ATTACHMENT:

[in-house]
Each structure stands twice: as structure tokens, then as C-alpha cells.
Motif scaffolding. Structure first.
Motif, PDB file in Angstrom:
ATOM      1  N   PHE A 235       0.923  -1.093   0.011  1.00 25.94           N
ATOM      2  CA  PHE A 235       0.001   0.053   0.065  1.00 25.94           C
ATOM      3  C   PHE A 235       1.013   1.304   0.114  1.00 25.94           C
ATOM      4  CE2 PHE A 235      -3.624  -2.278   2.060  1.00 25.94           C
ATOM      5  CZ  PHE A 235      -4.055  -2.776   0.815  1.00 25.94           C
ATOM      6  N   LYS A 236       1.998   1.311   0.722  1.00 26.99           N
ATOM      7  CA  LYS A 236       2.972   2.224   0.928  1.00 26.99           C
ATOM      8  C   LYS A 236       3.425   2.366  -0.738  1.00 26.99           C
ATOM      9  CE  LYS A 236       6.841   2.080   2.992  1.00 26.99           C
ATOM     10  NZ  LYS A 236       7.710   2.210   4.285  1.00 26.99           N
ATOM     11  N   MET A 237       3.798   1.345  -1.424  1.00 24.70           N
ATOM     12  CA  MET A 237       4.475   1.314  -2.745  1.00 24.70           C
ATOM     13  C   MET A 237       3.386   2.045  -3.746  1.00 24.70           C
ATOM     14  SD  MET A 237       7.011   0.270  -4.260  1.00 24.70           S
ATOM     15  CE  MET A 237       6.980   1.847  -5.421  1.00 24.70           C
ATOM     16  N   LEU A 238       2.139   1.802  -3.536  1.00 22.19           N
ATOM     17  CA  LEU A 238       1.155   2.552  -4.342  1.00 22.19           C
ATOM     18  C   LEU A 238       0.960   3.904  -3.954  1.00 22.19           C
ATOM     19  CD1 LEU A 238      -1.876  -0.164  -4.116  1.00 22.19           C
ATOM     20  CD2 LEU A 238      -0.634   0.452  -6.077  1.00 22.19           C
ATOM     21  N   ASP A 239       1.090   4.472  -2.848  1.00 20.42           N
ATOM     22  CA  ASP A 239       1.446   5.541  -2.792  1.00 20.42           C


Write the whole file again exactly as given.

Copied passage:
[in-house]
Each structure stands twice: as structure tokens, then as C-alpha cells.
Motif scaffolding. Structure first.
Motif, PDB file in Angstrom:
ATOM      1  N   PHE A 235       0.923  -1.093   0.011  1.00 25.94           N
ATOM      2  CA  PHE A 235       0.001   0.053   0.065  1.00 25.94           C
ATOM      3  C   PHE A 235       1.013   1.304   0.114  1.00 25.94           C
ATOM      4  CE2 PHE A 235      -3.624  -2.278   2.060  1.00 25.94           C
ATOM      5  CZ  PHE A 235      -4.055  -2.776   0.815  1.00 25.94           C
ATOM      6  N   LYS A 236       1.998   1.311   0.722  1.00 26.99           N
ATOM      7  CA  LYS A 236       2.972   2.224   0.928  1.00 26.99           C
ATOM      8  C   LYS A 236       3.425   2.366  -0.738  1.00 26.99           C
ATOM      9  CE  LYS A 236       6.841   2.080   2.992  1.00 26.99           C
ATOM     10  NZ  LYS A 236       7.710   2.210   4.285  1.00 26.99           N
ATOM     11  N   MET A 237       3.798   1.345  -1.424  1.00 24.70           N
ATOM     12  CA  MET A 237       4.475   1.314  -2.745  1.00 24.70           C
ATOM     13  C   MET A 237       3.386   2.045  -3.746  1.00 24.70           C
ATOM     14  SD  MET A 237       7.011   0.270  -4.260  1.00 24.70           S
ATOM     15  CE  MET A 237       6.980   1.847  -5.421  1.00 24.70           C
ATOM     16  N   LEU A 238       2.139   1.802  -3.536  1.00 22.19           N
ATOM     17  CA  LEU A 238       1.155   2.552  -4.342  1.00 22.19           C
ATOM     18  C   LEU A 238       0.960   3.904  -3.954  1.00 22.19           C
ATOM     19  CD1 LEU A 238      -1.876  -0.164  -4.116  1.00 22.19           C
ATOM     20  CD2 LEU A 238      -0.634   0.452  -6.077  1.00 22.19           C
ATOM     21  N   ASP A 239       1.090   4.472  -2.848  1.00 20.42           N
ATOM     22  CA  ASP A 239       1.446   5.541  -2.792  1.00 20.42           C